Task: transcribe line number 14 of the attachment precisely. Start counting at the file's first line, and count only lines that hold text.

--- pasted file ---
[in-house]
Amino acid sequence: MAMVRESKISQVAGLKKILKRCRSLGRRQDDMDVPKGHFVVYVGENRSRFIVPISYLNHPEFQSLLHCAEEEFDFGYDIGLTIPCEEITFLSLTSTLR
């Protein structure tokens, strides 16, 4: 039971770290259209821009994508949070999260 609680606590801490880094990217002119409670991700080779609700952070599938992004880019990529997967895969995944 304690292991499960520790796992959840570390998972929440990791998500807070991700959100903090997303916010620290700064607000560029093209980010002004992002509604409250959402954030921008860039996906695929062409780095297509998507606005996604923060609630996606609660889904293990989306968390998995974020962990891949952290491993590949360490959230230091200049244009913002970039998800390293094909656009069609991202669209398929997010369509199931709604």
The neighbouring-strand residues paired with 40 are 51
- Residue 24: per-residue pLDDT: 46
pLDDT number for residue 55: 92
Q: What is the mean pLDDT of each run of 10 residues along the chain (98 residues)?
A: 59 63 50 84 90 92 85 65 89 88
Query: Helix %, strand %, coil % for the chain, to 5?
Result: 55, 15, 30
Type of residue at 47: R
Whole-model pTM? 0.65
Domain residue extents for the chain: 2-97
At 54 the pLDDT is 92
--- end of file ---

At 54 the pLDDT is 92